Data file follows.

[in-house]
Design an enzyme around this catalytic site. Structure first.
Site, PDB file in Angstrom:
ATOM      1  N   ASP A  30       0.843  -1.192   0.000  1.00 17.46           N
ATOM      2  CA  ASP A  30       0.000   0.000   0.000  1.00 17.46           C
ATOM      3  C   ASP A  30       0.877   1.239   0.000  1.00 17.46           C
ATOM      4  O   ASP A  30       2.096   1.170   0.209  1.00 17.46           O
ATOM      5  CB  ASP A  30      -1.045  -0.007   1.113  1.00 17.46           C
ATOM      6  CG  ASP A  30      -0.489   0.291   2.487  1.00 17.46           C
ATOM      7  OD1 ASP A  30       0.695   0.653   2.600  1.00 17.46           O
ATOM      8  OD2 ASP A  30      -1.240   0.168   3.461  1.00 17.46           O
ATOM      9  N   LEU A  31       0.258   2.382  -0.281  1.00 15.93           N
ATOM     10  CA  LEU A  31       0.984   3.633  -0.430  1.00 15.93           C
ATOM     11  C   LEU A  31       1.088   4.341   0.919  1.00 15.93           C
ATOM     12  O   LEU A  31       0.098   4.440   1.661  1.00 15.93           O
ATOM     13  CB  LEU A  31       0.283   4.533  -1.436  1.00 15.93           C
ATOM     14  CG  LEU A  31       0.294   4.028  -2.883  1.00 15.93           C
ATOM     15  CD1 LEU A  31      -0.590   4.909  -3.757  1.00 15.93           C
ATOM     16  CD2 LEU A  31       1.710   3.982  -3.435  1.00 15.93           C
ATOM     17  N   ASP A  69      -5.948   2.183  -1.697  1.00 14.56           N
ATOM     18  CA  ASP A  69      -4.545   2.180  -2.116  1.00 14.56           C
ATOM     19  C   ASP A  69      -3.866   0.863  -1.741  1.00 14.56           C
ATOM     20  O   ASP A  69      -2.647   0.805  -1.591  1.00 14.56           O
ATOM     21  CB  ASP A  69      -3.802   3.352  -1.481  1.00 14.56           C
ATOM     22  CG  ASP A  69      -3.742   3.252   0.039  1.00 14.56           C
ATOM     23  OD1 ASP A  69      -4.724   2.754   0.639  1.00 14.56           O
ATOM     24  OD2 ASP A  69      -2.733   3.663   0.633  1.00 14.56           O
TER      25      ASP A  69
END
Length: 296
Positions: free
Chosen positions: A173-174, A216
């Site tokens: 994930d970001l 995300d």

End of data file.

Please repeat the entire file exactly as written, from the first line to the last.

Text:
[in-house]
Design an enzyme around this catalytic site. Structure first.
Site, PDB file in Angstrom:
ATOM      1  N   ASP A  30       0.843  -1.192   0.000  1.00 17.46           N
ATOM      2  CA  ASP A  30       0.000   0.000   0.000  1.00 17.46           C
ATOM      3  C   ASP A  30       0.877   1.239   0.000  1.00 17.46           C
ATOM      4  O   ASP A  30       2.096   1.170   0.209  1.00 17.46           O
ATOM      5  CB  ASP A  30      -1.045  -0.007   1.113  1.00 17.46           C
ATOM      6  CG  ASP A  30      -0.489   0.291   2.487  1.00 17.46           C
ATOM      7  OD1 ASP A  30       0.695   0.653   2.600  1.00 17.46           O
ATOM      8  OD2 ASP A  30      -1.240   0.168   3.461  1.00 17.46           O
ATOM      9  N   LEU A  31       0.258   2.382  -0.281  1.00 15.93           N
ATOM     10  CA  LEU A  31       0.984   3.633  -0.430  1.00 15.93           C
ATOM     11  C   LEU A  31       1.088   4.341   0.919  1.00 15.93           C
ATOM     12  O   LEU A  31       0.098   4.440   1.661  1.00 15.93           O
ATOM     13  CB  LEU A  31       0.283   4.533  -1.436  1.00 15.93           C
ATOM     14  CG  LEU A  31       0.294   4.028  -2.883  1.00 15.93           C
ATOM     15  CD1 LEU A  31      -0.590   4.909  -3.757  1.00 15.93           C
ATOM     16  CD2 LEU A  31       1.710   3.982  -3.435  1.00 15.93           C
ATOM     17  N   ASP A  69      -5.948   2.183  -1.697  1.00 14.56           N
ATOM     18  CA  ASP A  69      -4.545   2.180  -2.116  1.00 14.56           C
ATOM     19  C   ASP A  69      -3.866   0.863  -1.741  1.00 14.56           C
ATOM     20  O   ASP A  69      -2.647   0.805  -1.591  1.00 14.56           O
ATOM     21  CB  ASP A  69      -3.802   3.352  -1.481  1.00 14.56           C
ATOM     22  CG  ASP A  69      -3.742   3.252   0.039  1.00 14.56           C
ATOM     23  OD1 ASP A  69      -4.724   2.754   0.639  1.00 14.56           O
ATOM     24  OD2 ASP A  69      -2.733   3.663   0.633  1.00 14.56           O
TER      25      ASP A  69
END
Length: 296
Positions: free
Chosen positions: A173-174, A216
């Site tokens: 994930d970001l 995300d």